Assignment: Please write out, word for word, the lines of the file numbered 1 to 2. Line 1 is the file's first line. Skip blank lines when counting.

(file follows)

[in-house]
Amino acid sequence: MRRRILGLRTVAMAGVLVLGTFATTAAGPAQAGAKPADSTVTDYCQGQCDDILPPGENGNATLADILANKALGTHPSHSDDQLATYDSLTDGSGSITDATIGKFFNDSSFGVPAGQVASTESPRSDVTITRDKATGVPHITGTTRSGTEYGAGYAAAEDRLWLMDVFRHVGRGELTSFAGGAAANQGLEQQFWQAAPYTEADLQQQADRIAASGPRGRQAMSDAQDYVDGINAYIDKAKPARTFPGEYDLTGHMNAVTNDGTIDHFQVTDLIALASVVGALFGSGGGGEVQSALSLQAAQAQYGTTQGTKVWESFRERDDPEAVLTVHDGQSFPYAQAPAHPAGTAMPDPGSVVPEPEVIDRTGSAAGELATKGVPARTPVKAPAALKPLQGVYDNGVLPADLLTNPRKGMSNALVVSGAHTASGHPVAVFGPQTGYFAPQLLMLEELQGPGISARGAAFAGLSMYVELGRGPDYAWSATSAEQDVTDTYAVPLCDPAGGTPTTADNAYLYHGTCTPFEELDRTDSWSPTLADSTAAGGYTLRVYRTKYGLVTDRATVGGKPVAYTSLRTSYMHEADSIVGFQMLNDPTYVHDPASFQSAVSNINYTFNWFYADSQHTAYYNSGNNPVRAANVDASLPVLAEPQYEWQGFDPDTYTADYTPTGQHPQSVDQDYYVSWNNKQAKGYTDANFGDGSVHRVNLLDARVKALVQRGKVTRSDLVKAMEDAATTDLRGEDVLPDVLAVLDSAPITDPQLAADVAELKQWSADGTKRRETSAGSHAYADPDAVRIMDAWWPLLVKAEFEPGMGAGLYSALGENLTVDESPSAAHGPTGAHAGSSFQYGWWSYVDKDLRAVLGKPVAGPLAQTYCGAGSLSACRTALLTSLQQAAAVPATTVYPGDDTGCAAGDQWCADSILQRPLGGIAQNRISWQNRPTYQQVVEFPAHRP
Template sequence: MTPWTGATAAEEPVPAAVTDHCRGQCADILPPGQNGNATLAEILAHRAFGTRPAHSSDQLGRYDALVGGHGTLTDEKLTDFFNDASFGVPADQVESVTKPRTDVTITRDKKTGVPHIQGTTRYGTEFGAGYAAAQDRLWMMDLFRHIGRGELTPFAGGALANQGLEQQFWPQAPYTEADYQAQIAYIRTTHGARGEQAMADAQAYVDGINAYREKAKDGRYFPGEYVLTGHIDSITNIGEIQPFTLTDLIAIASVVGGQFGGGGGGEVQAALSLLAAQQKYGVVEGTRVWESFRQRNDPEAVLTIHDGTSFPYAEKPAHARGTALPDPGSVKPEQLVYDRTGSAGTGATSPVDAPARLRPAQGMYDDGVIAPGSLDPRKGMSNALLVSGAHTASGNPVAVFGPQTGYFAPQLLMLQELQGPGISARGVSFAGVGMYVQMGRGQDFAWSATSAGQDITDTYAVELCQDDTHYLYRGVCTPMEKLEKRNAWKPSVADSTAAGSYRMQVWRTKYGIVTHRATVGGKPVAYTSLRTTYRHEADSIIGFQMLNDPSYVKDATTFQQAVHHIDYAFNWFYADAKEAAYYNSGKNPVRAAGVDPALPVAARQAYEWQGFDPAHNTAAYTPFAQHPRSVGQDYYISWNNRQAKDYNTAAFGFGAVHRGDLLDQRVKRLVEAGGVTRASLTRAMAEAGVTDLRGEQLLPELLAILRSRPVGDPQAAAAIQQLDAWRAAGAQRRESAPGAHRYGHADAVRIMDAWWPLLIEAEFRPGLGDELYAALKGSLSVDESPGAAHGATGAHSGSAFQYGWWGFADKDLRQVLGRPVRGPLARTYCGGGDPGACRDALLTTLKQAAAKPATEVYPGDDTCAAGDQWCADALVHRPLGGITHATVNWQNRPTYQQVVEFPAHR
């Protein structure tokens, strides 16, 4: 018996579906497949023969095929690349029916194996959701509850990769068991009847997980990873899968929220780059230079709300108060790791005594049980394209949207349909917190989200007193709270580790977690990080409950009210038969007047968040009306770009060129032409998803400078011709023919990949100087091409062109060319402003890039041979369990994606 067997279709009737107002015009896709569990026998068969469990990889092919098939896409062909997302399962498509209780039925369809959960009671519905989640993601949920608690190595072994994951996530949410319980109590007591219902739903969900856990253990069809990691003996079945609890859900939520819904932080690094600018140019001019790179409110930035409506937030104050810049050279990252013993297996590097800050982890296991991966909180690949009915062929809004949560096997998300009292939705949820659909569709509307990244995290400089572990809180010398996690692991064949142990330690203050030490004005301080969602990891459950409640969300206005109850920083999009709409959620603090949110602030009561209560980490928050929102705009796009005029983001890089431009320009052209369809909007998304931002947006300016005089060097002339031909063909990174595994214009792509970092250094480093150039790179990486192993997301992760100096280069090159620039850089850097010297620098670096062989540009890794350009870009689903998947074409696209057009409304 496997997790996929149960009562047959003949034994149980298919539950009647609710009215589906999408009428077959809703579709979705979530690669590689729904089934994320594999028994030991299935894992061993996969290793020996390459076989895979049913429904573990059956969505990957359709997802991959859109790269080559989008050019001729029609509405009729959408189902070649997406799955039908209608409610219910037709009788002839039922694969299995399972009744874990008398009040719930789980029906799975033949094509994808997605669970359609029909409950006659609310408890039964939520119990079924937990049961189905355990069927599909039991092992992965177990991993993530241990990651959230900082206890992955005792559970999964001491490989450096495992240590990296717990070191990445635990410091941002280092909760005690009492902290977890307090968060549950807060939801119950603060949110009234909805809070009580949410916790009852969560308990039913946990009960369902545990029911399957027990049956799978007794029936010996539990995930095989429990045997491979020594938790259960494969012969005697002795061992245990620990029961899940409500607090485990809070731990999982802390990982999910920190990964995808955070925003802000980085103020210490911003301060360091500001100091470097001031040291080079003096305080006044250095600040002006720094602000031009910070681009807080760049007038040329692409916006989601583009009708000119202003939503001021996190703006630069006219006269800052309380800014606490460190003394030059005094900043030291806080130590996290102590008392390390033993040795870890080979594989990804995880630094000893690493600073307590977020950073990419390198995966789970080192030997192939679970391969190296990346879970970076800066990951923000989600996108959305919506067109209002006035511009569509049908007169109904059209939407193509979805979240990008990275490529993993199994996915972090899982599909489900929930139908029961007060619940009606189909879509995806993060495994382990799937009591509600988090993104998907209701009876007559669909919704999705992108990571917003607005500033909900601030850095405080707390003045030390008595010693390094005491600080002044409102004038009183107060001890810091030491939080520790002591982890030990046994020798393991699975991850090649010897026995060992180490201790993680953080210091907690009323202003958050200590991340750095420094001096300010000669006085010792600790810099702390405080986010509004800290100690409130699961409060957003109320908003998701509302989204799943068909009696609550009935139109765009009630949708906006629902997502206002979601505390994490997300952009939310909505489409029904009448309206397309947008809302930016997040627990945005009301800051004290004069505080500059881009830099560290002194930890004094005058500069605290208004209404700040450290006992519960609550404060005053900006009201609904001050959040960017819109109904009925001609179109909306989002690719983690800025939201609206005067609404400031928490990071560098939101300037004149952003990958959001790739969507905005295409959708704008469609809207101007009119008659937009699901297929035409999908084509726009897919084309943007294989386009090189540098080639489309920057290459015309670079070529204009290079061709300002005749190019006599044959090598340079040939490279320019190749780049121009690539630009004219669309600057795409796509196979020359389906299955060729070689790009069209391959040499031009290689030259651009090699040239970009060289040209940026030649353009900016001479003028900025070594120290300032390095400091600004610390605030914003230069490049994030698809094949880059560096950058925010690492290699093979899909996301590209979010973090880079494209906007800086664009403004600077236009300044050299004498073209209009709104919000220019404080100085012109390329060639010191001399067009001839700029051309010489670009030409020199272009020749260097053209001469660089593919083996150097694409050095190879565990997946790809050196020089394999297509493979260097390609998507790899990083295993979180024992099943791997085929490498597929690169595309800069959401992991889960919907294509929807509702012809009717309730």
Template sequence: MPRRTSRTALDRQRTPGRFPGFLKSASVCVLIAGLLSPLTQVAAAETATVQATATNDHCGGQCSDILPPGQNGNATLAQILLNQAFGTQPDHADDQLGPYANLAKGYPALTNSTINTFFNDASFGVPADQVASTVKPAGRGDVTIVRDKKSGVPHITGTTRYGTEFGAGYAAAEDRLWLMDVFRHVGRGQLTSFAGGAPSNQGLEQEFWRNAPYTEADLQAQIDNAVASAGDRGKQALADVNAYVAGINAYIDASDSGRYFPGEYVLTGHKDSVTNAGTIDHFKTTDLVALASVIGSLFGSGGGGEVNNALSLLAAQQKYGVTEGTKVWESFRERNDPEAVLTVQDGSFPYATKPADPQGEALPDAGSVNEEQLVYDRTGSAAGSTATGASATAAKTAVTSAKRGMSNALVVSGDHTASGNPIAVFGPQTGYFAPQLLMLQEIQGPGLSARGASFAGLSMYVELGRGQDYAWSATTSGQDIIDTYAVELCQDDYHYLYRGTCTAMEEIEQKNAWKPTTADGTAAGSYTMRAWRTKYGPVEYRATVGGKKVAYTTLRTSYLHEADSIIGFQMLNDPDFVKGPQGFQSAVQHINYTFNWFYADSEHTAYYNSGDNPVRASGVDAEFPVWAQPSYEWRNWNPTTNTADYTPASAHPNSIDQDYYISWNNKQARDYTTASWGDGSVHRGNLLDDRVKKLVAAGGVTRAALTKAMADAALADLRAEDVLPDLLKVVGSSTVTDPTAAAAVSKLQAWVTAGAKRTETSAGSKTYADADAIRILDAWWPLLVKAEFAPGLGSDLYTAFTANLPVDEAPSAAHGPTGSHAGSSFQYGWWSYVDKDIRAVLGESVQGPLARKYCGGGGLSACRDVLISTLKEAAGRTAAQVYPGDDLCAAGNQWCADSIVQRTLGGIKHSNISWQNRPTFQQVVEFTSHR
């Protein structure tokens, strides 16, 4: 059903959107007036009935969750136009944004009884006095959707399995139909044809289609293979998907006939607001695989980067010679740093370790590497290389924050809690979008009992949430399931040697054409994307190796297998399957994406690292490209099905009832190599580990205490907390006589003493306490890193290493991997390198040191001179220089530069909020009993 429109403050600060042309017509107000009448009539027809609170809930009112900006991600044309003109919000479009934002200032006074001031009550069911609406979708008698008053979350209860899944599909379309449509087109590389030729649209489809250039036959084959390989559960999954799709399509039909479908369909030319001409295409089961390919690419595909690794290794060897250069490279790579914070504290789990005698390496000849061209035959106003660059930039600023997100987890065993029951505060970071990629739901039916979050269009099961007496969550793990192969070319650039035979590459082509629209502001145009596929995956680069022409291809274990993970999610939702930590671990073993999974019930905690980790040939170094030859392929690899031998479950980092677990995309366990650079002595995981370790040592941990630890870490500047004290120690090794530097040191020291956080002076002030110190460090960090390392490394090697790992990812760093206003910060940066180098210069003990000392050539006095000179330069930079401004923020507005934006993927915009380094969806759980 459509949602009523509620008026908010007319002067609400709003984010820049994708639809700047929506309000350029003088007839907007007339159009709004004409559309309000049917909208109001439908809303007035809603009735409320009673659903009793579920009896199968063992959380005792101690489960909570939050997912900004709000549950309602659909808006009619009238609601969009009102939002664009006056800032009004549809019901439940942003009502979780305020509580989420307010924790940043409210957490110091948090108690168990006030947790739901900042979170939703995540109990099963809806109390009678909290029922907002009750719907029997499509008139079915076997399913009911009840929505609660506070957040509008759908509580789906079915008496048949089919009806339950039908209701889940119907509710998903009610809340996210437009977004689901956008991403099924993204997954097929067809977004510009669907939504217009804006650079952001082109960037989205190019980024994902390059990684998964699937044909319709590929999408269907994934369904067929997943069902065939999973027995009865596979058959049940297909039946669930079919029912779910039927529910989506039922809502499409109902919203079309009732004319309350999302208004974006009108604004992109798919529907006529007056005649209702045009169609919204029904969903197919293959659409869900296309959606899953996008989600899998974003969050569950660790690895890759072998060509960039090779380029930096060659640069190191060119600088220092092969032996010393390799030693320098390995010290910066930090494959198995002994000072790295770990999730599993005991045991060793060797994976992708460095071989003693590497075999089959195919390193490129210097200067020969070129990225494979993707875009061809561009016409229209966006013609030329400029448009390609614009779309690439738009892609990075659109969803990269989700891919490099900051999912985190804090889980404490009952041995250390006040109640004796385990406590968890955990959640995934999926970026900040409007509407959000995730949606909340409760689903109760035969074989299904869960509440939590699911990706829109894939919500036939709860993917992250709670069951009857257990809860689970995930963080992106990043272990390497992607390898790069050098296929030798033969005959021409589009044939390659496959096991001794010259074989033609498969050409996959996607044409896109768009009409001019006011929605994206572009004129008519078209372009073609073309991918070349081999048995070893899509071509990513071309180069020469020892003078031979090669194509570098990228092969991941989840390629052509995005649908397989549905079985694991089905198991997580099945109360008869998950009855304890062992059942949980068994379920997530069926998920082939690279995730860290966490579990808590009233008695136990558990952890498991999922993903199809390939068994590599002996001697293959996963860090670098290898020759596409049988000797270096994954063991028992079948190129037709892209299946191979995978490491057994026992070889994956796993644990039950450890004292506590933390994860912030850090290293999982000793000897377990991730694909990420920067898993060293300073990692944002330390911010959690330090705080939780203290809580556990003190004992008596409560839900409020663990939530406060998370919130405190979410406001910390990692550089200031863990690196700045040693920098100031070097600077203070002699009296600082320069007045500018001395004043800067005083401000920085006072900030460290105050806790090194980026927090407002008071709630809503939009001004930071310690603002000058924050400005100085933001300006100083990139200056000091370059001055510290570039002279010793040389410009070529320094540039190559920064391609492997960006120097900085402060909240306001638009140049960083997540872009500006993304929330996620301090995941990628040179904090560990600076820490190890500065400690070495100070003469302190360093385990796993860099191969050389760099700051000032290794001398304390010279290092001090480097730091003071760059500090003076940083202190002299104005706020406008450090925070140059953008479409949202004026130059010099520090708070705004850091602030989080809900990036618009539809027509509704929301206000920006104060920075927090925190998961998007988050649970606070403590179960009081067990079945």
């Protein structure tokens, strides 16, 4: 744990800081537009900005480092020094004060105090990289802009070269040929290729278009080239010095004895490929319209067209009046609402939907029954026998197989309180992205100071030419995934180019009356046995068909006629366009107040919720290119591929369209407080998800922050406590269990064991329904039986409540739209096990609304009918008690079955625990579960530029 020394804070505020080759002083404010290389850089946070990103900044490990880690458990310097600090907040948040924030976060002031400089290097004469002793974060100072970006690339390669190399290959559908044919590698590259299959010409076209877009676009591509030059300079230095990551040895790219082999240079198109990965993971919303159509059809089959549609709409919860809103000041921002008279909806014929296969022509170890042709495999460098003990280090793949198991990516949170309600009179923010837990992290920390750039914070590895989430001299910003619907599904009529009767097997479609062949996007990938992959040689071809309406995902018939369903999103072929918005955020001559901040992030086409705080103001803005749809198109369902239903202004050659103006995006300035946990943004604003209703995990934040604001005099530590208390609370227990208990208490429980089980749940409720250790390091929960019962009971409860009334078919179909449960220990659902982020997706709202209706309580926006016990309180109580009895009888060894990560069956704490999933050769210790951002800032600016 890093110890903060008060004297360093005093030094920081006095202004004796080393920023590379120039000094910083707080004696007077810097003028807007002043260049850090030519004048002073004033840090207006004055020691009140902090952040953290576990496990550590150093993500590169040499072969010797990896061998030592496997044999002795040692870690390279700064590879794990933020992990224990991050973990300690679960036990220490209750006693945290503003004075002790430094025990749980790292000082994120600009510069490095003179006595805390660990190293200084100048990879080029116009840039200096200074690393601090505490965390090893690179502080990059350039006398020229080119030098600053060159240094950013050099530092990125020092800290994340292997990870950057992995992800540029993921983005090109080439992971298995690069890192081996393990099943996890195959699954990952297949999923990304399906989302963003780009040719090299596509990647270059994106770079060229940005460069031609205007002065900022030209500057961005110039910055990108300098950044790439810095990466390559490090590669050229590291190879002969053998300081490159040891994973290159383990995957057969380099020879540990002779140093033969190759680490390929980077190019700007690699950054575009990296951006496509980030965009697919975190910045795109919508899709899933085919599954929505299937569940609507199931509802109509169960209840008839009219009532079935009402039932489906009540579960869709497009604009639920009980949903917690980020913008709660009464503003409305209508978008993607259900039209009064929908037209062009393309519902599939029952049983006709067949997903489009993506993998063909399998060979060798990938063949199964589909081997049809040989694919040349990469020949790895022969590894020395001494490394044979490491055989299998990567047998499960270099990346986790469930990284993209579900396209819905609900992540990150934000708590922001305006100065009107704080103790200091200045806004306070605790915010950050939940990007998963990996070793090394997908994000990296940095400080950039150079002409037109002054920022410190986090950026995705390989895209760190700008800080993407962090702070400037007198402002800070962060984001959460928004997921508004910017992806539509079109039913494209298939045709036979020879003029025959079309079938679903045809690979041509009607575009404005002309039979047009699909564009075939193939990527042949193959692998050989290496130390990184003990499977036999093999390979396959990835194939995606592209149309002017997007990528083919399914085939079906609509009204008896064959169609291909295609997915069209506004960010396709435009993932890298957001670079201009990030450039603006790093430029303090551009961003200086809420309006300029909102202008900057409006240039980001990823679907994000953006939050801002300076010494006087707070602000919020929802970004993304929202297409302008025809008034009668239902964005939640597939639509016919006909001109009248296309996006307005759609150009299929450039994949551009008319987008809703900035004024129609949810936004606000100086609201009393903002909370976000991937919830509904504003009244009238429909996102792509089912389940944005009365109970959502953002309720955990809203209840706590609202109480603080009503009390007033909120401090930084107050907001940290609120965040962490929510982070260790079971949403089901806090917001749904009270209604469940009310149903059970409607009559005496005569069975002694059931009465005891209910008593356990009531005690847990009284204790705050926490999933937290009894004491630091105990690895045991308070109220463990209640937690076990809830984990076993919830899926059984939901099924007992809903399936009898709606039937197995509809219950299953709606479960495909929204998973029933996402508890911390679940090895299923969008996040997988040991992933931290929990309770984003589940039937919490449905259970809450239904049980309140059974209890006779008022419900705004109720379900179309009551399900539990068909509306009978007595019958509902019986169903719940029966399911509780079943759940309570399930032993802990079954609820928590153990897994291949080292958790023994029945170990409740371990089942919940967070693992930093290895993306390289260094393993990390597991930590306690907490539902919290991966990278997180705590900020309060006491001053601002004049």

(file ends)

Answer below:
[in-house]
Amino acid sequence: MRRRILGLRTVAMAGVLVLGTFATTAAGPAQAGAKPADSTVTDYCQGQCDDILPPGENGNATLADILANKALGTHPSHSDDQLATYDSLTDGSGSITDATIGKFFNDSSFGVPAGQVASTESPRSDVTITRDKATGVPHITGTTRSGTEYGAGYAAAEDRLWLMDVFRHVGRGELTSFAGGAAANQGLEQQFWQAAPYTEADLQQQADRIAASGPRGRQAMSDAQDYVDGINAYIDKAKPARTFPGEYDLTGHMNAVTNDGTIDHFQVTDLIALASVVGALFGSGGGGEVQSALSLQAAQAQYGTTQGTKVWESFRERDDPEAVLTVHDGQSFPYAQAPAHPAGTAMPDPGSVVPEPEVIDRTGSAAGELATKGVPARTPVKAPAALKPLQGVYDNGVLPADLLTNPRKGMSNALVVSGAHTASGHPVAVFGPQTGYFAPQLLMLEELQGPGISARGAAFAGLSMYVELGRGPDYAWSATSAEQDVTDTYAVPLCDPAGGTPTTADNAYLYHGTCTPFEELDRTDSWSPTLADSTAAGGYTLRVYRTKYGLVTDRATVGGKPVAYTSLRTSYMHEADSIVGFQMLNDPTYVHDPASFQSAVSNINYTFNWFYADSQHTAYYNSGNNPVRAANVDASLPVLAEPQYEWQGFDPDTYTADYTPTGQHPQSVDQDYYVSWNNKQAKGYTDANFGDGSVHRVNLLDARVKALVQRGKVTRSDLVKAMEDAATTDLRGEDVLPDVLAVLDSAPITDPQLAADVAELKQWSADGTKRRETSAGSHAYADPDAVRIMDAWWPLLVKAEFEPGMGAGLYSALGENLTVDESPSAAHGPTGAHAGSSFQYGWWSYVDKDLRAVLGKPVAGPLAQTYCGAGSLSACRTALLTSLQQAAAVPATTVYPGDDTGCAAGDQWCADSILQRPLGGIAQNRISWQNRPTYQQVVEFPAHRP